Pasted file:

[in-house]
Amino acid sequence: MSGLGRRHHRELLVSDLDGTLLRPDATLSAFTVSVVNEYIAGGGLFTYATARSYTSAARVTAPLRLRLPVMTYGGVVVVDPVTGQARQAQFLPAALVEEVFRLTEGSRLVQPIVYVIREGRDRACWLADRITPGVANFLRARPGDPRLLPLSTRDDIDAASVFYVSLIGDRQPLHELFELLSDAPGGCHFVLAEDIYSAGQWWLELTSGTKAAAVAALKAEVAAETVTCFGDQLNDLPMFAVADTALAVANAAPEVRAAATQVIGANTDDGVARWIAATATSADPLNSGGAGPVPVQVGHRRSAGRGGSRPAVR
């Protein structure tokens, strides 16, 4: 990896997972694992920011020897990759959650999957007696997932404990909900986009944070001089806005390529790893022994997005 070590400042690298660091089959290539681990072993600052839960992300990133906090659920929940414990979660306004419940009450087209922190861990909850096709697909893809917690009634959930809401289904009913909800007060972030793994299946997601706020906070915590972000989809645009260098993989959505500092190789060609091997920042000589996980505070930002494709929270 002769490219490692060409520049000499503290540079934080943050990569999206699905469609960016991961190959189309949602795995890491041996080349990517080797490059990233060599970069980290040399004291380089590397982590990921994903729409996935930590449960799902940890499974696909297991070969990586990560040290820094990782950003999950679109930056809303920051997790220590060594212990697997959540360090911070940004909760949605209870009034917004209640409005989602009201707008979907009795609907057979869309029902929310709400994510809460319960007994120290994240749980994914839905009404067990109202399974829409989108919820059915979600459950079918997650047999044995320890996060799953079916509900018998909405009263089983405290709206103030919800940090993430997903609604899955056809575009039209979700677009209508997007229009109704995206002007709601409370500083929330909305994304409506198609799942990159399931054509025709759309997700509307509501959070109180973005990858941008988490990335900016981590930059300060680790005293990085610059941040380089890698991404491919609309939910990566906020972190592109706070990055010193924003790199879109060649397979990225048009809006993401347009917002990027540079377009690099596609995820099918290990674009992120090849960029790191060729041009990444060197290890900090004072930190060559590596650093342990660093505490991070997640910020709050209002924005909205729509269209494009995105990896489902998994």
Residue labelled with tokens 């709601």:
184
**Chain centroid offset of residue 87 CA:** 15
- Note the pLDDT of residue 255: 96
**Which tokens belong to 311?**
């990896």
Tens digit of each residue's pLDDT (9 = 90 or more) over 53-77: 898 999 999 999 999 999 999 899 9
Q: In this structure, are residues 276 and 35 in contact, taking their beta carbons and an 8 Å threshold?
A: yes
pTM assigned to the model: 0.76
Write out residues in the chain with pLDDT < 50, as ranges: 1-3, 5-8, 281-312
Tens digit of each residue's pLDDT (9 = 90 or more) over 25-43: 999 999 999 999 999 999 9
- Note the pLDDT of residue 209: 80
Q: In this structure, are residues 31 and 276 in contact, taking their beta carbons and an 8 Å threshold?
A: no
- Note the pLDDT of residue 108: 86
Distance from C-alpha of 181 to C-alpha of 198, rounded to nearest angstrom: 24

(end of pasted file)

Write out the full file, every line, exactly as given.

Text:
[in-house]
Amino acid sequence: MSGLGRRHHRELLVSDLDGTLLRPDATLSAFTVSVVNEYIAGGGLFTYATARSYTSAARVTAPLRLRLPVMTYGGVVVVDPVTGQARQAQFLPAALVEEVFRLTEGSRLVQPIVYVIREGRDRACWLADRITPGVANFLRARPGDPRLLPLSTRDDIDAASVFYVSLIGDRQPLHELFELLSDAPGGCHFVLAEDIYSAGQWWLELTSGTKAAAVAALKAEVAAETVTCFGDQLNDLPMFAVADTALAVANAAPEVRAAATQVIGANTDDGVARWIAATATSADPLNSGGAGPVPVQVGHRRSAGRGGSRPAVR
């Protein structure tokens, strides 16, 4: 990896997972694992920011020897990759959650999957007696997932404990909900986009944070001089806005390529790893022994997005 070590400042690298660091089959290539681990072993600052839960992300990133906090659920929940414990979660306004419940009450087209922190861990909850096709697909893809917690009634959930809401289904009913909800007060972030793994299946997601706020906070915590972000989809645009260098993989959505500092190789060609091997920042000589996980505070930002494709929270 002769490219490692060409520049000499503290540079934080943050990569999206699905469609960016991961190959189309949602795995890491041996080349990517080797490059990233060599970069980290040399004291380089590397982590990921994903729409996935930590449960799902940890499974696909297991070969990586990560040290820094990782950003999950679109930056809303920051997790220590060594212990697997959540360090911070940004909760949605209870009034917004209640409005989602009201707008979907009795609907057979869309029902929310709400994510809460319960007994120290994240749980994914839905009404067990109202399974829409989108919820059915979600459950079918997650047999044995320890996060799953079916509900018998909405009263089983405290709206103030919800940090993430997903609604899955056809575009039209979700677009209508997007229009109704995206002007709601409370500083929330909305994304409506198609799942990159399931054509025709759309997700509307509501959070109180973005990858941008988490990335900016981590930059300060680790005293990085610059941040380089890698991404491919609309939910990566906020972190592109706070990055010193924003790199879109060649397979990225048009809006993401347009917002990027540079377009690099596609995820099918290990674009992120090849960029790191060729041009990444060197290890900090004072930190060559590596650093342990660093505490991070997640910020709050209002924005909205729509269209494009995105990896489902998994």
Residue labelled with tokens 């709601």:
184
**Chain centroid offset of residue 87 CA:** 15
- Note the pLDDT of residue 255: 96
**Which tokens belong to 311?**
């990896």
Tens digit of each residue's pLDDT (9 = 90 or more) over 53-77: 898 999 999 999 999 999 999 899 9
Q: In this structure, are residues 276 and 35 in contact, taking their beta carbons and an 8 Å threshold?
A: yes
pTM assigned to the model: 0.76
Write out residues in the chain with pLDDT < 50, as ranges: 1-3, 5-8, 281-312
Tens digit of each residue's pLDDT (9 = 90 or more) over 25-43: 999 999 999 999 999 999 9
- Note the pLDDT of residue 209: 80
Q: In this structure, are residues 31 and 276 in contact, taking their beta carbons and an 8 Å threshold?
A: no
- Note the pLDDT of residue 108: 86
Distance from C-alpha of 181 to C-alpha of 198, rounded to nearest angstrom: 24